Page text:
Can the Internet of Things (IoT) Survive without Satellite?
Satellite technology has a pivotal role in driving the growth momentum behind the Internet of Things (IoT) and unlocking the promise of interconnected devices.
The nascent IoT movement promises to drive the relentless shift towards the interconnected network of devices. According to research firm Gartner, the growth in IoT will far exceed that of other connected devices and will grow to 26 billion units by 2020, representing an almost 30-fold increase from 2009.
Besides the proliferation of connected devices, the continued adoption of machine-to-machine (M2M) technology will spur the development of a wide range of new consumer-centric services, or even facilitate new business models.
Transforming IoT connectivity via satellite
Satellite technology serves as a key enabler for these new services - across industries, across geographical borders - to transform IoT connectivity as we know it today. In highly varied applications that range from consumers, to oil and gas to the transportation sector, satellite operators can deliver strategic advantages over terrestrial deployments in the following aspects:
Connecting remote assets - Business operations that extend to geographically remote environments depend on satellites to provide the critical communication means to conduct remote facility monitoring and real-time asset management at unmanned sites and offshore platforms.
Driving the use of sensor networks - Energy and mining companies are starting to explore more extensive usage of satellite-based sensor networks to support their offshore exploration projects.
Transforming transportation infrastructure - Broadband connectivity on trains, cargo vehicles and maritime vessels is a burgeoning trend across the global transportation landscape, and satellite communications is key to enabling the next generation of mobility services.
Developing sustainable cities - City administrators around the world are harnessing the power of the IoT to drive energy efficiency and smarter resource allocation to help make cities more sustainable. Satellite services can facilitate the deployment of smart grids in remote regions where terrestrial networks fall short and act as a reliable backup network for critical services such as safety and security.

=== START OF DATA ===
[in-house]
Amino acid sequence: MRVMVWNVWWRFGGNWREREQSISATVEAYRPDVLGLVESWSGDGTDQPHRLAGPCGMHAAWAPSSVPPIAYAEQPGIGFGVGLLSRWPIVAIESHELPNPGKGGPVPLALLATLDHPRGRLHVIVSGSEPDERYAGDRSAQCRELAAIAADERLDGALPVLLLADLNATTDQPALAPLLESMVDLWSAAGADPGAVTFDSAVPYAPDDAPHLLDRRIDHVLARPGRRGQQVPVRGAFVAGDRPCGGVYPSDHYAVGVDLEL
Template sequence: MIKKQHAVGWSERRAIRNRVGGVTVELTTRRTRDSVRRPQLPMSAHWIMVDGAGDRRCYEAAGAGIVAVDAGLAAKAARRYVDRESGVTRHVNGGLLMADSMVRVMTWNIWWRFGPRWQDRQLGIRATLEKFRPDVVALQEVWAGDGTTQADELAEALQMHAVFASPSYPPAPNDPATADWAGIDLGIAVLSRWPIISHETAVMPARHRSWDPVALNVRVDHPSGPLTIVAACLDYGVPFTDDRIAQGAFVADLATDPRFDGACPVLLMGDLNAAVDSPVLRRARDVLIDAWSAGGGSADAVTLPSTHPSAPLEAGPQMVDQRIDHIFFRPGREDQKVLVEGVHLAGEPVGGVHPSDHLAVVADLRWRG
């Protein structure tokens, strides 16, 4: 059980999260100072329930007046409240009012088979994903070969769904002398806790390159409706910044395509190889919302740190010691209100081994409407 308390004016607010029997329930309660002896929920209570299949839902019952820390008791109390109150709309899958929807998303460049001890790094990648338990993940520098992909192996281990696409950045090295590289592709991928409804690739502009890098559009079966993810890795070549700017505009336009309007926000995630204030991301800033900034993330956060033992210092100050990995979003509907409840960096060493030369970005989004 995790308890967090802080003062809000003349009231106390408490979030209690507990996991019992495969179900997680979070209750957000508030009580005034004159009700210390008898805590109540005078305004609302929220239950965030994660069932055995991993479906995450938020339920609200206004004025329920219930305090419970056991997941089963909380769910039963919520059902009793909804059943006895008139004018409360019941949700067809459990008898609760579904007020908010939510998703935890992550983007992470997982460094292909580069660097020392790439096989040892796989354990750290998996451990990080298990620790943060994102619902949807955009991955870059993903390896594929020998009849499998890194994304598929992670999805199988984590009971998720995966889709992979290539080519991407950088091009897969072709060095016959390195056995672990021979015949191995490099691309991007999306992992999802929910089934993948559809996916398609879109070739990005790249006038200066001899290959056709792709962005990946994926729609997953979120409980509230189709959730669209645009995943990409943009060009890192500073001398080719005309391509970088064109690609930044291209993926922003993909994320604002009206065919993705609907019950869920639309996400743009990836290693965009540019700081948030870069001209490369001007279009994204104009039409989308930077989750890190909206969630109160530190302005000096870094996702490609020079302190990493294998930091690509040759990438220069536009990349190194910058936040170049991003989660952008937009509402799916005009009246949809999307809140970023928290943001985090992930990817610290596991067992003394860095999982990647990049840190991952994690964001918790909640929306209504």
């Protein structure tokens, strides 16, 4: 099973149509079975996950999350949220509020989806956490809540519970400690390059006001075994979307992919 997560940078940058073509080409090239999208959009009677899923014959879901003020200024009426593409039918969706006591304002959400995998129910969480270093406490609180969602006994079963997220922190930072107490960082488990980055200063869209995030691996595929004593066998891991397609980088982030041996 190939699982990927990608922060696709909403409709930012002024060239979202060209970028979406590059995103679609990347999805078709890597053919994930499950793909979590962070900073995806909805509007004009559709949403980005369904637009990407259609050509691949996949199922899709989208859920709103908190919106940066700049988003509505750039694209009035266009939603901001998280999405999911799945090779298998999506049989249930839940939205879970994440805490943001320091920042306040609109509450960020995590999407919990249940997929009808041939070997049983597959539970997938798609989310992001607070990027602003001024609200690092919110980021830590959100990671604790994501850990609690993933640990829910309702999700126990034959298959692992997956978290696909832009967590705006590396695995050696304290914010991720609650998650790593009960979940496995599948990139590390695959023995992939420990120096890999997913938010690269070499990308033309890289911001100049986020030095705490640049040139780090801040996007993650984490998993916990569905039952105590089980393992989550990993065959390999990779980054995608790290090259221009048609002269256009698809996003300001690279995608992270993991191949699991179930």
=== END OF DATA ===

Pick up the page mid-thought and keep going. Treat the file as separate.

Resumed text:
Connected Cars - Many car manufacturers are providing safety features in their vehicles including emergency calling and airbag deployment notifications. Guaranteeing the availability of these services can only be achieved with coverage in remote areas around the world.
Collecting fitness data - Athletes wear small sensors for location tracking purposes and to collect bio-data such as their heart rate, blood pressure and oxygen levels. The data collected can be used to track potential health risks, monitor progress in training, or identify the location of athletes in remote areas.
Facilitating mobile banking and retail - Satellite can serve as the main communications backbone that keeps wireless ATMs and mobile point-of-sales applications running smoothly across a broad geographical span.
Unlocking the future of the IoT
The basic requirements of the IoT are that all devices need to be connected wherever they happen to be.
While Wi-Fi deployments, Bluetooth and terrestrial GSM networks are able to support most applications, these network services simply cannot provide the ubiquitous and seamless coverage of satellites. The ultimate success of the IoT will depend on the active support of satellite networks, such as the L-band services provided by Thuraya, to address the following requirements:
Coverage - A new breed of IoT applications will emerge from the connectivity of intelligent devices. Expected to encompass billions of devices around the world, the potential scale of the IoT demands ubiquitous network coverage even in remote locations, which are best served by satellite networks.
Reliability - Maintaining a high level of service reliability is a key requirement for effective IoT deployments. The low latency of L-band services holds a distinct advantage in catering to applications such as remote asset monitoring that requires reliable, always-on connectivity.
Speed - The future landscape of the IoT involves the exchange of data between interconnected objects to facilitate quicker decision making and enhance business processes. These developments have, in turn, driven up the demand for high data speeds to support bandwidth-intensive applications in real time.
Cost - Satellite technology has the potential to be a versatile and cost-effective solution to address IoT connectivity needs. The costs associated with mobile satellite services, for instance, are highly competitive with terrestrial networks, and is considered a more affordable option relative to other satellite platforms.
Integration - The IoT is expected to continue driving up market demand for the integration of satellite into the overall communications mix.
To realize its full potential, the IoT cannot survive without the support and engagement of satellite operators. Thuraya is currently working with an ecosystem of developers and system integrators to provide the necessary devices, applications and integration support to make IoT a success.
Randy C. Roberts
Vice President of Innovation
Randy Roberts is responsible for driving product and solution innovation strategy. Based in Dubai, Randy leads the product development, product management and solutions engineering teams. He is also responsible for managing the business intelligence team to drive continuous development and enhancement of Thuraya’s product lifecycle management process.